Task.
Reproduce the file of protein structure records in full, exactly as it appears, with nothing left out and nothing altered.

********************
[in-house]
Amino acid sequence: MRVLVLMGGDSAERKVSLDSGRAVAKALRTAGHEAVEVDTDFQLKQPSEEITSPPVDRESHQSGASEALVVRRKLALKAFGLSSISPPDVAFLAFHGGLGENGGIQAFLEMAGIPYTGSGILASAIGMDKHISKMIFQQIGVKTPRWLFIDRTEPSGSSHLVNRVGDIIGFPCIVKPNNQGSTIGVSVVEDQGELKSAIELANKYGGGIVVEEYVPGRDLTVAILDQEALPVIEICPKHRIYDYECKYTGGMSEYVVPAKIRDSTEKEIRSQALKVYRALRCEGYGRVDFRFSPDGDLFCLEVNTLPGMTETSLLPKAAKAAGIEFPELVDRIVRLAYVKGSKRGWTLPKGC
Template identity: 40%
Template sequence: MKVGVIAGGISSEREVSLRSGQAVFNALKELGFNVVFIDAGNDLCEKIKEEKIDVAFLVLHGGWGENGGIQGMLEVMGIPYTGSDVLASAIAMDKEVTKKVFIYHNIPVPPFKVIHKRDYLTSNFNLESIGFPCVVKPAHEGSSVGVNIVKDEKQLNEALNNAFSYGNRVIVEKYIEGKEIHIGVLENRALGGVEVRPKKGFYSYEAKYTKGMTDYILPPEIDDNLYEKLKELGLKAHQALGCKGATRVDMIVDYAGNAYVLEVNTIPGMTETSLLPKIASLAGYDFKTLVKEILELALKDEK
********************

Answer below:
[in-house]
Amino acid sequence: MRVLVLMGGDSAERKVSLDSGRAVAKALRTAGHEAVEVDTDFQLKQPSEEITSPPVDRESHQSGASEALVVRRKLALKAFGLSSISPPDVAFLAFHGGLGENGGIQAFLEMAGIPYTGSGILASAIGMDKHISKMIFQQIGVKTPRWLFIDRTEPSGSSHLVNRVGDIIGFPCIVKPNNQGSTIGVSVVEDQGELKSAIELANKYGGGIVVEEYVPGRDLTVAILDQEALPVIEICPKHRIYDYECKYTGGMSEYVVPAKIRDSTEKEIRSQALKVYRALRCEGYGRVDFRFSPDGDLFCLEVNTLPGMTETSLLPKAAKAAGIEFPELVDRIVRLAYVKGSKRGWTLPKGC
Template identity: 40%
Template sequence: MKVGVIAGGISSEREVSLRSGQAVFNALKELGFNVVFIDAGNDLCEKIKEEKIDVAFLVLHGGWGENGGIQGMLEVMGIPYTGSDVLASAIAMDKEVTKKVFIYHNIPVPPFKVIHKRDYLTSNFNLESIGFPCVVKPAHEGSSVGVNIVKDEKQLNEALNNAFSYGNRVIVEKYIEGKEIHIGVLENRALGGVEVRPKKGFYSYEAKYTKGMTDYILPPEIDDNLYEKLKELGLKAHQALGCKGATRVDMIVDYAGNAYVLEVNTIPGMTETSLLPKIASLAGYDFKTLVKEILELALKDEK